Jeff Clark, Senior Analyst, GoldSilver.com
DEC 16, 2019
Silver mines aren’t pulling the same amount of metal out of the ground as they used to, which means less and less silver is coming to market.
Why is less silver coming out of the ground? There are a number of reasons, but there’s one in particular that has sidestepped the notice of most investors, and it may surprise you to find out just how bad the situation has gotten. Let’s look at that reason and what it means for you...
Of course, long-time readers have heard me outline before that new supply from silver mining is locked into a structural decline.
“Structural,” meaning there are barriers and impediments embedded into the silver mining industry itself that cannot be easily or quickly changed.
They can’t just flip a switch and reverse years of problems.
This has ramifications for us investors—which are all good if you hold physical metal. Here’s what I found…
The firm ResearchGate.net examined the grades of the 12 biggest primary silver mines in the world. They specifically measured the “mill feed” grade, which is the grade of the ore going into the mill. Their data only goes through 2016, but look what has happened to the average grade of these deposits over the past 10 years.
The average grade from the 12 largest silver projects in the world has declined a whopping 36% in just one decade!
This is one big reason why new supply of silver has rolled over and begun a global decline. If you have less metal to dig up, less metal goes to the market.
Why are ore grades lower?
One reason is due to what’s known in the industry as “high grading”…
When silver prices fell off a cliff in 2013, many companies began to high grade—digging up the richest portions of their deposits—in order to maintain production levels and earnings.
But what this did was leave only the low grade ore behind—and much of the low grade ore is only feasible when mixed with the high grade stuff.
Now it will take substantially higher silver prices to make that ore economic, and in some cases it never will be.
This phenomenon has affected company reserves, too. Reserves are basically the amount of metal the company has in the ground. This legal term carries the highest confidence rating in how many ounces a company really has.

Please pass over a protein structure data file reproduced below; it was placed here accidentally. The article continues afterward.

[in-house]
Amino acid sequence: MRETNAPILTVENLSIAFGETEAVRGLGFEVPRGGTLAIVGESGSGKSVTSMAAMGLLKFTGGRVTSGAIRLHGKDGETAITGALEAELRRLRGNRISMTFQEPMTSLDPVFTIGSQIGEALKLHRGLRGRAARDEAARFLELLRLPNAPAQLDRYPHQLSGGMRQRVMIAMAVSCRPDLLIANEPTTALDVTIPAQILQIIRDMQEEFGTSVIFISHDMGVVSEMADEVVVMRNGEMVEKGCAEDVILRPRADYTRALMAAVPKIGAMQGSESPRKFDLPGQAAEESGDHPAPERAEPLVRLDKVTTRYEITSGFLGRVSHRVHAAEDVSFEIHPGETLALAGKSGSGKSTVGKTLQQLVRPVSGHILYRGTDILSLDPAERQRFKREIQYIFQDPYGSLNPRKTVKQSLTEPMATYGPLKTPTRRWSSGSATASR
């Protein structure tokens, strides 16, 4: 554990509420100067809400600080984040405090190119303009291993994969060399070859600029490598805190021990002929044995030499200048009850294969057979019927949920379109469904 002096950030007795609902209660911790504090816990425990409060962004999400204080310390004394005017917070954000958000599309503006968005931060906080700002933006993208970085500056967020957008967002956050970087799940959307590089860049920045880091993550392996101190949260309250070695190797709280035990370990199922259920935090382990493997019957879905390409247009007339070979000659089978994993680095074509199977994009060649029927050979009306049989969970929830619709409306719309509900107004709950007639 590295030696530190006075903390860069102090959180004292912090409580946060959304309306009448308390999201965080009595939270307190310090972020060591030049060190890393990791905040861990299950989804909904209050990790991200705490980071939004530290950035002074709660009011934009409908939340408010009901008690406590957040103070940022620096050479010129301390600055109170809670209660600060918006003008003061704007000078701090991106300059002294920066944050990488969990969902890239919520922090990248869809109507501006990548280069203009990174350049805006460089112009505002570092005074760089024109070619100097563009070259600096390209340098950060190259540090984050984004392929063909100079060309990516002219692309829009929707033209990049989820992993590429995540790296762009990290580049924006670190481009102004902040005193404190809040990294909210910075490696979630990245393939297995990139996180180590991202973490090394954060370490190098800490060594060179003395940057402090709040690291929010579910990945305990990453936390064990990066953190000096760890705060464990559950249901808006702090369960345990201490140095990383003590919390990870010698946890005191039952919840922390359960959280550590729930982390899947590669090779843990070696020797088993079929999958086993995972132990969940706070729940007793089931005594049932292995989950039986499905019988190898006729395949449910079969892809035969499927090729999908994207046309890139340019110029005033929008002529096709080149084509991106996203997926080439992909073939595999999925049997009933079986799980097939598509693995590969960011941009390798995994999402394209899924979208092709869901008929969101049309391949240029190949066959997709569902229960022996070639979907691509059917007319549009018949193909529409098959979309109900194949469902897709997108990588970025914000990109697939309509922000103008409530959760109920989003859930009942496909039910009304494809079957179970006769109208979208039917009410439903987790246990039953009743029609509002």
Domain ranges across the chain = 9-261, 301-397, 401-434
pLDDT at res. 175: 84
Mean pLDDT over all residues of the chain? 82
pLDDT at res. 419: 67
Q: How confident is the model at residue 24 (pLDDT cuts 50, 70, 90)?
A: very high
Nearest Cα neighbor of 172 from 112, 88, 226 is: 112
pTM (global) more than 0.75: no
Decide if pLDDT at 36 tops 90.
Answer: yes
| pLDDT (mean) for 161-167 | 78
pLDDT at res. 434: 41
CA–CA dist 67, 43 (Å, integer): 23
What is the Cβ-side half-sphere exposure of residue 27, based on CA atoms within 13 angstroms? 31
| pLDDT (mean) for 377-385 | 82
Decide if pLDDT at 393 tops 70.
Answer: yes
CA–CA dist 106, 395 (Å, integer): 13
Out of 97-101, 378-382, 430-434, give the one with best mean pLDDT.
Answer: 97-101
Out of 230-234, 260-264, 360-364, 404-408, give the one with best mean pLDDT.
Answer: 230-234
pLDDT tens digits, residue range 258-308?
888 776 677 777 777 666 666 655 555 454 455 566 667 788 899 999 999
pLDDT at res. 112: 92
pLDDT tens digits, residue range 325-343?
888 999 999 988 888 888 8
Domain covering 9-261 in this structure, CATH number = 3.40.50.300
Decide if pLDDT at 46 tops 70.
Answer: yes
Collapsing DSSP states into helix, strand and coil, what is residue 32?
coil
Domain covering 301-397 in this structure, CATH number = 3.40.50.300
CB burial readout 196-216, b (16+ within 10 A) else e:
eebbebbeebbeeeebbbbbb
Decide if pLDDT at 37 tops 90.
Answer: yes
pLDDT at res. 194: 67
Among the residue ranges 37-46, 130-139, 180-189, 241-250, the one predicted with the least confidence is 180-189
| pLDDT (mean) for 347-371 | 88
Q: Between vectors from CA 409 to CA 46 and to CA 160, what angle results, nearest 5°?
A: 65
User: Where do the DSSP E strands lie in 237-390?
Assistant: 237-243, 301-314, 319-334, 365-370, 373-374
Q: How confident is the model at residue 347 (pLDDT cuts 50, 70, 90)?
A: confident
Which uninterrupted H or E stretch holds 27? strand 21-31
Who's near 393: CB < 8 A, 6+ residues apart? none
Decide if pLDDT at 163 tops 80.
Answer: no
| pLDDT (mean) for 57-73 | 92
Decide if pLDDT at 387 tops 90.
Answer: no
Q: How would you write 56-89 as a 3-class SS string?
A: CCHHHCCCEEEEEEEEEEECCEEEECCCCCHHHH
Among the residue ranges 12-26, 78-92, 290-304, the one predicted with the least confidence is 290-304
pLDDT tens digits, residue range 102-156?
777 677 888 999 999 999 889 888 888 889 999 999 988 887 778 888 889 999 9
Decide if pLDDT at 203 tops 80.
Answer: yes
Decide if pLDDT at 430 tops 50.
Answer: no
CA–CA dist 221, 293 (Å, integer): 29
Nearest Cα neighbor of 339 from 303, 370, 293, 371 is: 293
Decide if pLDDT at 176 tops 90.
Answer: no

Check out the decline in reserve grades of the same silver mines.
Reserve grades from the 12 largest mines in operation today have declined nearly 40%. This would be an incredible drop for any sector. You can’t have this kind of falloff and not expect there to be no consequences.
Other projects are coming online that could slow this trend (and you could potentially profit from some of them), but it will take a LOT of them, ones with big and rich deposits, since this downtrend is in such an unrelenting downward spiral.
Okay, you might ask, what about “resources?” Resources, like reserves, are an estimate of ounces in the ground, but are classified at a lower confidence rating than reserves. They still have a “reasonable prospects for economic extraction,” but companies try to “prove them up” into reserves, because it increases the confidence is exactly what a deposit contains and thus opens the door to more investors.
So if resources have higher grades, we wouldn’t have much to worry about, because future reserves will likewise have higher grades.
But that ain’t the case, as the red line shows…
Resource grades have declined even more than reserves!
Why is all this important? Because most of the bullion you and I buy comes from newly-mined silver. Secondary sales (products that have been previously bought and sold) will always have a place in the bullion industry—and a growing role in a supply/demand crunch—but to be prepared for the kind of rush Mike Maloney sees ahead, mine production will need to be healthy and rising. It is neither of those things.
Higher silver prices. That’s it.
And not just higher prices, but sustainably higher prices. In other words, management teams will have to be convinced silver prices will stay high before they’ll invest millions—sometimes billions—of dollars in new projects. They don’t have the ability to lower costs much further than they’ve already done, so this is the only realistic way to reverse the downtrend in mine supply from the primary silver producers.
I know a fair amount of silver mining executives, and I can tell you firsthand that while there’s a constant focus on replacing the ounces they produce, they are not about to pour seven-figure amounts of cash into a project unless they’re absolutely convinced—along with all the investors and bankers and funds and financiers backing these projects—that the silver price will be high enough, long enough, to make a profit for years and years to come.
Therein lies the problem:
The only other possible solution is if they discover a high grade deposit that can produce metal at a much lower cost. But most companies aren’t looking for them. And if they did have the funds for a substantial exploration program, those deposits are fewer and fewer in number… or are harder and harder to find… or they’re located in increasingly hostile political environments… or environmental concerns take precedence… or they’re too expensive to prove up.
And in all cases it takes years to develop them. Turning a new project into a mine is the opposite of turning on a light switch; it’d be akin to building a super-highway in the middle of a rainforest.
A rise in the silver price will help, of course. But the silver price is like a speedboat whipping around the waves; the mining industry is like a tanker trying to execute a turnaround—it can’t happen quickly.
There’s no doubt at this point that silver supply is going to tighten further.
How this affects our holdings seems clear:
I’ll let you draw your own conclusion. But I’m with Mike on this: I’m buying more silver.